… What other nation, O God, have you redeemed from slavery to be your own people? I Chronicles 17:21
The American Colonists were a diverse assortment of ethnic groups in a strange land. There was no central government. Unity was localized. A wild and adventurous spirit prevailed. Morals had declined and religious devotion had deteriorated. Drunkenness, profanity, depravity and corruption flourished. The godly aspirations of the Puritan fathers for a Christian Utopia seemed forgotten.
The ‘Half Way Covenant’ had allowed the unconverted to become members of the church. Soon the unconverted were not only in the pews, but also in the pulpits. Apostasy became abundant. Flagrant sins were overlooked. Young people were addicted to ‘night walking, tavern drinking, lewd practices and frolics among the sexes for the greater part of the night. Family government did too much fail in the town.’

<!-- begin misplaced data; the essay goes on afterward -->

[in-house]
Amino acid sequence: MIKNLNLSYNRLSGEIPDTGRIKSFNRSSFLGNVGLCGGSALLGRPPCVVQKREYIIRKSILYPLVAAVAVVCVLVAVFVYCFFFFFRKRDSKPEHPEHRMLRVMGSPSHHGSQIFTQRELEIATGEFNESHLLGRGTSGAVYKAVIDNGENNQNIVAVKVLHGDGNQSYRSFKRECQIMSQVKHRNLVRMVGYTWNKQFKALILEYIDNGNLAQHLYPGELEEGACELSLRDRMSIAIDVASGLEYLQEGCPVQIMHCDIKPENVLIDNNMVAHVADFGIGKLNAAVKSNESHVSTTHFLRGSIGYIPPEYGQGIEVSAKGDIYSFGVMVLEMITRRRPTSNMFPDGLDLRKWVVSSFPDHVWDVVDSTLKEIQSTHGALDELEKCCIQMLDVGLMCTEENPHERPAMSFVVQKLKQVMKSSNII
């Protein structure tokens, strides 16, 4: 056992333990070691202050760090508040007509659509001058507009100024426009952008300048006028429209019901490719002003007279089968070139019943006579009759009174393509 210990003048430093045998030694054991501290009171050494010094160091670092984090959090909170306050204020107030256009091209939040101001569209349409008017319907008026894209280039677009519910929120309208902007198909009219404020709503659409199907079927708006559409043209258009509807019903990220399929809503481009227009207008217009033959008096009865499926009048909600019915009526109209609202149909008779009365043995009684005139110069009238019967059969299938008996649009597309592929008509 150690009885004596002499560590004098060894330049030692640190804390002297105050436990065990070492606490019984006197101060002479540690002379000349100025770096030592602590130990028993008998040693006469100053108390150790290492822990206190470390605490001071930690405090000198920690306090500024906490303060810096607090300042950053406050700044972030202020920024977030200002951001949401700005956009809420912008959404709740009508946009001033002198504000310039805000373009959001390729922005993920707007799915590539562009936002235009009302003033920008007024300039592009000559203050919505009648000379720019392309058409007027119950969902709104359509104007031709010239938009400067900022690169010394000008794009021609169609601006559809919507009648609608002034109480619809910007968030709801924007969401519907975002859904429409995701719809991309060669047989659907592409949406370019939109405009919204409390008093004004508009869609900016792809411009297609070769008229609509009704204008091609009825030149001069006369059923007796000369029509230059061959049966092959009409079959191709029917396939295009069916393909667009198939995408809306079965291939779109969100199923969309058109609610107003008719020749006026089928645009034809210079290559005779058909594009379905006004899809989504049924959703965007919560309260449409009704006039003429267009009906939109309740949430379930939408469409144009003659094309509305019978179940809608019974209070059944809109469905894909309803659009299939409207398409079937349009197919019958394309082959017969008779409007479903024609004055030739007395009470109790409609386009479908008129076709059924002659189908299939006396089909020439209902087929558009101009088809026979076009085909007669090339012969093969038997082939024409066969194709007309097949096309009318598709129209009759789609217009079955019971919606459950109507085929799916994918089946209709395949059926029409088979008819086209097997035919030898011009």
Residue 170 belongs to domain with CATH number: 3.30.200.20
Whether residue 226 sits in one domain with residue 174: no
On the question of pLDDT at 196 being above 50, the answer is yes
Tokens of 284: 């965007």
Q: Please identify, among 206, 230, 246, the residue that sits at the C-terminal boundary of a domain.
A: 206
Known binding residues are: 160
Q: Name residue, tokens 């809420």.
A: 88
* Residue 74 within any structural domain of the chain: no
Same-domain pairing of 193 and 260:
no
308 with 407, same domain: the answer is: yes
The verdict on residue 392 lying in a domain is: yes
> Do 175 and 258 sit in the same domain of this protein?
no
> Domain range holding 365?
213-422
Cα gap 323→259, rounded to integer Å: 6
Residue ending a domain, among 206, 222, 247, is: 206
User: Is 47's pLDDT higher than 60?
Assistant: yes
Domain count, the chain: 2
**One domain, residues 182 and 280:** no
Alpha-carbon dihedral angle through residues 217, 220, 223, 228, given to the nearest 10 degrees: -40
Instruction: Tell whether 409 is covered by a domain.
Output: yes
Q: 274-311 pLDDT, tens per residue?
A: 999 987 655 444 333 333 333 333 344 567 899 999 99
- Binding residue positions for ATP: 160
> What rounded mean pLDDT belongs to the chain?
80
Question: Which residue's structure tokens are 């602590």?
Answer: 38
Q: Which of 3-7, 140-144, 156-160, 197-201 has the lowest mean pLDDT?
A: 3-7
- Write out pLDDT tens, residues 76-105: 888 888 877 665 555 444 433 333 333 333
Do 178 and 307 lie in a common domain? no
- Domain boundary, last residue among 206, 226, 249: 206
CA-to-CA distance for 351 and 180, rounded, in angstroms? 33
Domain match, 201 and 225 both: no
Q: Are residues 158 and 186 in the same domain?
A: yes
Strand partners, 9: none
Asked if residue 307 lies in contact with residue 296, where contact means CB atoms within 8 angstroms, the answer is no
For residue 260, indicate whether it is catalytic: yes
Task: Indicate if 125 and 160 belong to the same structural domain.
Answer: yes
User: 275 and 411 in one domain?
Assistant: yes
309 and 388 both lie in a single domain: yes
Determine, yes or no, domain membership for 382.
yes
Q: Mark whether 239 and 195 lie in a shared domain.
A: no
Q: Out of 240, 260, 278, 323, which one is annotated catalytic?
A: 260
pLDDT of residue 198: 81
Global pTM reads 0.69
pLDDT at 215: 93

The church began to pray. One young woman, described as ‘one of the greatest company-keepers in the whole town,’ was radically changed and became the talk of the town. In the next six months, 300 of the entire population of 1,100 were converted – almost 30 percent. Jonathan Edwards would say, “The town seemed to be full of the presence of God…it never was so full of love and full of joy. It was a time for joy in families … our public assemblies were beautiful; the congregation was alive in God’s service, everyone earnestly intent on the public worship …”
The wave of revival and prayer spread through New England touching ten-percent of the population. These new converts had fervent hearts. They were from house-to-house exhorting everyone to turn to the Lord. Preachers were renewed.
- Lord, let it happen again. Stir me. Stir us. Stir another Jonathan Edwards among us! Send a revival – that changes the nation.
P. Douglas Small is a conference speaker and author. He is an Ordained Bishop with the Church of God (Cleveland, TN).